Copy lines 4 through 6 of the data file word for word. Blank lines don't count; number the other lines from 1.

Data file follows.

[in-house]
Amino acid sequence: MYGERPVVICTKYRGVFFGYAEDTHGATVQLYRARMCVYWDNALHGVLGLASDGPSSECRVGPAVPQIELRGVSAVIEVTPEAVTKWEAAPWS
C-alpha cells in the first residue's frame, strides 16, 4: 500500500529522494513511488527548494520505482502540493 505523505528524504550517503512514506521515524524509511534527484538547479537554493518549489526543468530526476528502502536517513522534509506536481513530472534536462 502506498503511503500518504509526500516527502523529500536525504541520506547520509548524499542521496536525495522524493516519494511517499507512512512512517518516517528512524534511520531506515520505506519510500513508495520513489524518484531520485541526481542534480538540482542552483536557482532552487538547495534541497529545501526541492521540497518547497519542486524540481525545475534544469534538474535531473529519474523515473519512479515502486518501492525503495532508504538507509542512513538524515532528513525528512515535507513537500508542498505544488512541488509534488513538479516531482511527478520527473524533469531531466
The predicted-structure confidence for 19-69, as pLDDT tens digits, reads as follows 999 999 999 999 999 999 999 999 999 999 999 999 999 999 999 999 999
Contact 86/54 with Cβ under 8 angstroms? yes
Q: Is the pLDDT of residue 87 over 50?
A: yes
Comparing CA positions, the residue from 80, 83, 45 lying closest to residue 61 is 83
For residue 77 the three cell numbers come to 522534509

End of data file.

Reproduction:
The predicted-structure confidence for 19-69, as pLDDT tens digits, reads as follows 999 999 999 999 999 999 999 999 999 999 999 999 999 999 999 999 999
Contact 86/54 with Cβ under 8 angstroms? yes
Q: Is the pLDDT of residue 87 over 50?